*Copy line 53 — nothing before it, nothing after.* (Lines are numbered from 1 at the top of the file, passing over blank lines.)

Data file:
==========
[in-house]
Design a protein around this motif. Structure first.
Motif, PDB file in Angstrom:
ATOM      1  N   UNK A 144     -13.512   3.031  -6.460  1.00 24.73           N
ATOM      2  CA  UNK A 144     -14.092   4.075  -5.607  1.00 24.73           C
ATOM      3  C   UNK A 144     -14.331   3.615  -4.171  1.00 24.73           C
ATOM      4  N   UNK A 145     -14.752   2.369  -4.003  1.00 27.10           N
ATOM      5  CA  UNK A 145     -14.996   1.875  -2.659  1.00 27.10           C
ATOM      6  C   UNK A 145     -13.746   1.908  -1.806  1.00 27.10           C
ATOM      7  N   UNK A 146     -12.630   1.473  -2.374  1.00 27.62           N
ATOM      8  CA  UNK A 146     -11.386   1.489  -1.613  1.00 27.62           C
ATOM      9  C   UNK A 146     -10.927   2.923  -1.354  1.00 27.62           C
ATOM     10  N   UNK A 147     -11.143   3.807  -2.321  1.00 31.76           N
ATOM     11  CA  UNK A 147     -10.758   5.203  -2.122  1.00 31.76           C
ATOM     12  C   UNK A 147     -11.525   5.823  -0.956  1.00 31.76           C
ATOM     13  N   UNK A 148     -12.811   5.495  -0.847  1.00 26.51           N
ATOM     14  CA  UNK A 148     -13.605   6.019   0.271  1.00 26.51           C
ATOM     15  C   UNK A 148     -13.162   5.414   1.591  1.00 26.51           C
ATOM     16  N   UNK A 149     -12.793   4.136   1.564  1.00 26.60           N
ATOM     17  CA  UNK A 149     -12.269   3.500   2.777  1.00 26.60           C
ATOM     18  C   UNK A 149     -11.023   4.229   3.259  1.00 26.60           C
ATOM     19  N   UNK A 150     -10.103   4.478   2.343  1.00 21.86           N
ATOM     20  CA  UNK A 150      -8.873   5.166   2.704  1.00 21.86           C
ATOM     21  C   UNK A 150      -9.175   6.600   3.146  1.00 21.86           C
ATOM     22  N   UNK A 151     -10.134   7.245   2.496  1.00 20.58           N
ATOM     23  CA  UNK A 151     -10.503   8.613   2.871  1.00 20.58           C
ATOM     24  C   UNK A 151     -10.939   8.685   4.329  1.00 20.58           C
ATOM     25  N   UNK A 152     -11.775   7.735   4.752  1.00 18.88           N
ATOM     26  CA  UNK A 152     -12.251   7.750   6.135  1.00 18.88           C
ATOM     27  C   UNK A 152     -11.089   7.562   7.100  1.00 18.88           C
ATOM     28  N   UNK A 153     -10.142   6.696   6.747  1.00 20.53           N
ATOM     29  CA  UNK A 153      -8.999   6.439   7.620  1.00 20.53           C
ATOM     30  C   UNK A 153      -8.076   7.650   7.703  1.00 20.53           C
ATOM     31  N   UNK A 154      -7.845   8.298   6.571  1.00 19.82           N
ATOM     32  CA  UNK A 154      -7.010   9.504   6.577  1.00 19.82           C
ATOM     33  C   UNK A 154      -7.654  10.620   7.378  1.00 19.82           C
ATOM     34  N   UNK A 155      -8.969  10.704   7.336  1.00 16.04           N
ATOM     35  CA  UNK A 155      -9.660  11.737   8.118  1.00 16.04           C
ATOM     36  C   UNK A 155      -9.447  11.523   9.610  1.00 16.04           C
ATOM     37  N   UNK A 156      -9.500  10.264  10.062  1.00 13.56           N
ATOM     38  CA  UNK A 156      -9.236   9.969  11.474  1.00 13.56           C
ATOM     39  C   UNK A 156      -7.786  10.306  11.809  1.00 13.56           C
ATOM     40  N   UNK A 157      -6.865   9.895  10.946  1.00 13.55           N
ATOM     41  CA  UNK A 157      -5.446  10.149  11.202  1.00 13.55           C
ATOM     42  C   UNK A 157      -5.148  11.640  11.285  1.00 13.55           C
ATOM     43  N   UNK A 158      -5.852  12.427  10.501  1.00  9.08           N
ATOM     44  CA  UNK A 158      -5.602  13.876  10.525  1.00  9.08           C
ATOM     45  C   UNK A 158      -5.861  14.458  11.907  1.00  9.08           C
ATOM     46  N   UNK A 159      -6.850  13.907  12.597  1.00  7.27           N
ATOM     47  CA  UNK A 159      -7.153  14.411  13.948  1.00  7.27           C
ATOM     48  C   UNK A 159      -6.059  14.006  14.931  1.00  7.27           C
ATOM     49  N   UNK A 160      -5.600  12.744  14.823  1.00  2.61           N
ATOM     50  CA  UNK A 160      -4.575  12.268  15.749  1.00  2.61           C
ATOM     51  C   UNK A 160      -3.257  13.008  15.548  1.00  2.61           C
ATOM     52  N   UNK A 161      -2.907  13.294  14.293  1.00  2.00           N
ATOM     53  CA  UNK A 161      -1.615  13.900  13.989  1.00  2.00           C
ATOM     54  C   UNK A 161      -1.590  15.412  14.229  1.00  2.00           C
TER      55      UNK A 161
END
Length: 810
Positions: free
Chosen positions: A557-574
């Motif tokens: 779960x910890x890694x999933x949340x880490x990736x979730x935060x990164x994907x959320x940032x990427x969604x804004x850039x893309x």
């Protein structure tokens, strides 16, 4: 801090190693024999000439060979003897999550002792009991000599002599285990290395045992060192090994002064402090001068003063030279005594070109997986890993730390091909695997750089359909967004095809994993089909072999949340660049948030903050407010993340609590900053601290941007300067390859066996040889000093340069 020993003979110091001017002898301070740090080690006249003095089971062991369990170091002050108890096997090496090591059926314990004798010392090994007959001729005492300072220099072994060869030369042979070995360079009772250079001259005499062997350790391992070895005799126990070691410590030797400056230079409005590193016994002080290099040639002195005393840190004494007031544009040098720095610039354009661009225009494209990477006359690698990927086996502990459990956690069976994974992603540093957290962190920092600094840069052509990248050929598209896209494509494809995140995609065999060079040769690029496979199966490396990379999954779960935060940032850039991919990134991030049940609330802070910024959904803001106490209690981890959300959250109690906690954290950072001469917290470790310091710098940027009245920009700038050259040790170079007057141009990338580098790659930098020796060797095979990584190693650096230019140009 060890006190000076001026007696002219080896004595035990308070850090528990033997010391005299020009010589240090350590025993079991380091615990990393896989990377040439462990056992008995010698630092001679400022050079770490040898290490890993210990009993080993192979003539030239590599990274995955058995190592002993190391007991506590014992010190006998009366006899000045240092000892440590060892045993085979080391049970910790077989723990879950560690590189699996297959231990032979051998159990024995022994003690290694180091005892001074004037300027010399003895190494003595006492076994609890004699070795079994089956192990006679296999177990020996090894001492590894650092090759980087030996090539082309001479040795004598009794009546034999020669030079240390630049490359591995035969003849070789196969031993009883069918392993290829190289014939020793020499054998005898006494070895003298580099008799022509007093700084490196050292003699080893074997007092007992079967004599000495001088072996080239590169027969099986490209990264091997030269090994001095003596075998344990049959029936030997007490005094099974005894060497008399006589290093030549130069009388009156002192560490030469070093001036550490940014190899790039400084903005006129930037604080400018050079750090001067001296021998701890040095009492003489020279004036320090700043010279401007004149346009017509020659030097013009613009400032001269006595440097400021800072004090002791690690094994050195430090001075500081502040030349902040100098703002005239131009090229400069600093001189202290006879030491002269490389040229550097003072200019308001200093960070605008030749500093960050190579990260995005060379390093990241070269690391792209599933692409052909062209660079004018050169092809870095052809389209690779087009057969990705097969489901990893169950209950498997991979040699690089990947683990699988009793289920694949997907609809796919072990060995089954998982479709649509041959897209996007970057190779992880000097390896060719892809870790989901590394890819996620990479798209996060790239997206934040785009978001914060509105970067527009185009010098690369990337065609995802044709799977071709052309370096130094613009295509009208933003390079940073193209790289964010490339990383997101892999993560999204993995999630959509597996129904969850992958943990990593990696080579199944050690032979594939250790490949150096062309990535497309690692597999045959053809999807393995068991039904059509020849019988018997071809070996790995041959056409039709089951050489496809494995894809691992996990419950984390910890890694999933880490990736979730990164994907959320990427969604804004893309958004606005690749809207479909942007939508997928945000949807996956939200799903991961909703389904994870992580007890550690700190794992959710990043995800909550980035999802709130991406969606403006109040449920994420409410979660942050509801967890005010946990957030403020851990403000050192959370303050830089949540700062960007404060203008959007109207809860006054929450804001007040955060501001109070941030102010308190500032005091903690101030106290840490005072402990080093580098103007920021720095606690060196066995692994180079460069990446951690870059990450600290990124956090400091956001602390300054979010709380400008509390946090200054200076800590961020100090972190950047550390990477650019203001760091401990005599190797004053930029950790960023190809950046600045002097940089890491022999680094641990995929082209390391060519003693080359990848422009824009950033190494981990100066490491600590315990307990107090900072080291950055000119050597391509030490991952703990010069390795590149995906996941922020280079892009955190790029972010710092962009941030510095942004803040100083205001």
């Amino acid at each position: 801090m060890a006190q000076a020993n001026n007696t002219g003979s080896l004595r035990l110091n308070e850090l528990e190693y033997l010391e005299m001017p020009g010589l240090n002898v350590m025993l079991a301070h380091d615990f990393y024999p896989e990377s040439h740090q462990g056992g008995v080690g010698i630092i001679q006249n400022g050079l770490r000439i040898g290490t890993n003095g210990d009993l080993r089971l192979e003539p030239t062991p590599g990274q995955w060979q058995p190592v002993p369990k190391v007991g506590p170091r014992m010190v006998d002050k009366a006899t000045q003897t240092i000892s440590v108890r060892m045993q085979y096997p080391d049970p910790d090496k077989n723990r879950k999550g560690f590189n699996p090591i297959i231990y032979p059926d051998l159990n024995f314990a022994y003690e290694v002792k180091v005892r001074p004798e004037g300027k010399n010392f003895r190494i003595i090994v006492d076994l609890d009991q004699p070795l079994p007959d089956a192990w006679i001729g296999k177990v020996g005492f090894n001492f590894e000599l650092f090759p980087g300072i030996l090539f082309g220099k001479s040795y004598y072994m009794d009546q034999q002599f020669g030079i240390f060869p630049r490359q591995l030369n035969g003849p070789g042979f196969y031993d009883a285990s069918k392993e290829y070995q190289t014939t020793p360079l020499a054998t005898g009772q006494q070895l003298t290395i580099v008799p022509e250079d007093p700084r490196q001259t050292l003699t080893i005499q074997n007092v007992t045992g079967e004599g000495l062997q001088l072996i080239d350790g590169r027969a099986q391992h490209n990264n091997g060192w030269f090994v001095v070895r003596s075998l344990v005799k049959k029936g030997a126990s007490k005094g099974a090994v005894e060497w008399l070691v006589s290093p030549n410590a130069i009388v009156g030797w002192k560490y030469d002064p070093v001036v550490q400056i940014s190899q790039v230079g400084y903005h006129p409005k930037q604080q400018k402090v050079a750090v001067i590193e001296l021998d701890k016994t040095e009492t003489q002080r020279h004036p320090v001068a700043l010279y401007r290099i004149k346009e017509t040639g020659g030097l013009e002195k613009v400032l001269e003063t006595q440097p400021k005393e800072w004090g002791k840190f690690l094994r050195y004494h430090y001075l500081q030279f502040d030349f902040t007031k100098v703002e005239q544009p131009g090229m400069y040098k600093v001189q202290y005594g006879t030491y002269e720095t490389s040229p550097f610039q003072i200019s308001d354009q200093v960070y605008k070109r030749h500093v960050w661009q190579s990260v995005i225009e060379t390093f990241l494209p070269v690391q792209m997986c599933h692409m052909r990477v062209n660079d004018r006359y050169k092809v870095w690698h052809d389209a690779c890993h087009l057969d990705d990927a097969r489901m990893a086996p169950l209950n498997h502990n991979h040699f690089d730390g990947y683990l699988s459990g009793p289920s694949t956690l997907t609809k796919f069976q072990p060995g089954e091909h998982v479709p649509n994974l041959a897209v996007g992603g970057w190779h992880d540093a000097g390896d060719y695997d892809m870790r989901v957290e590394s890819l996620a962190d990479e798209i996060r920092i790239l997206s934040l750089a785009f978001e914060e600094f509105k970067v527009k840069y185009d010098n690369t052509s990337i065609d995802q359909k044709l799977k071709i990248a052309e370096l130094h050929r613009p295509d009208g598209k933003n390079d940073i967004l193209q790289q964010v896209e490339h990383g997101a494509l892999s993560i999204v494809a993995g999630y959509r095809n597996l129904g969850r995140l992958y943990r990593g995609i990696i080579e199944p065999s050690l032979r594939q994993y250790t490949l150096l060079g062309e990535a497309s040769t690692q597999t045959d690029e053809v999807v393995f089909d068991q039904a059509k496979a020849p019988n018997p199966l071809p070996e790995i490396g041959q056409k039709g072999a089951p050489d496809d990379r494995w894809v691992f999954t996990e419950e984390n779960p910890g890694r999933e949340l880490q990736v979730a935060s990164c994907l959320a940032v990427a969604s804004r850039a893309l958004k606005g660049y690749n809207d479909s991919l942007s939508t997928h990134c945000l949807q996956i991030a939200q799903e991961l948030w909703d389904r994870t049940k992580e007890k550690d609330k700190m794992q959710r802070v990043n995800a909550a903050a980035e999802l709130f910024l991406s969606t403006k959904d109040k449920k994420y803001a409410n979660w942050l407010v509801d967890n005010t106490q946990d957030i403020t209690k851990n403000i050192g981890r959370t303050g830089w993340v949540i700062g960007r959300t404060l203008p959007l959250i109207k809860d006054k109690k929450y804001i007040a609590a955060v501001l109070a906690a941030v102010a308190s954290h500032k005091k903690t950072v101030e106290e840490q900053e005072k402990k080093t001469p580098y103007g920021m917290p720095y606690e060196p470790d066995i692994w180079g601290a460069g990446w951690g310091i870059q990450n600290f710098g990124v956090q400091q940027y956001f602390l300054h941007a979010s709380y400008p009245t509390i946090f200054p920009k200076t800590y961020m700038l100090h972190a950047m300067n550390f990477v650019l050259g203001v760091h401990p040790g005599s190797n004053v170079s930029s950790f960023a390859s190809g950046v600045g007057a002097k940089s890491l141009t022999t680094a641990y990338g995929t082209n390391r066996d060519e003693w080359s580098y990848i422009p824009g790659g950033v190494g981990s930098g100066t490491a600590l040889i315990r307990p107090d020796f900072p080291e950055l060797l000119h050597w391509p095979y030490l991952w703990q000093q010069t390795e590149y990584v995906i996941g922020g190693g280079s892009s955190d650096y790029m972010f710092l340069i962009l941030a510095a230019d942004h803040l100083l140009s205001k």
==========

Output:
ATOM     50  CA  UNK A 160      -4.575  12.268  15.749  1.00  2.61           C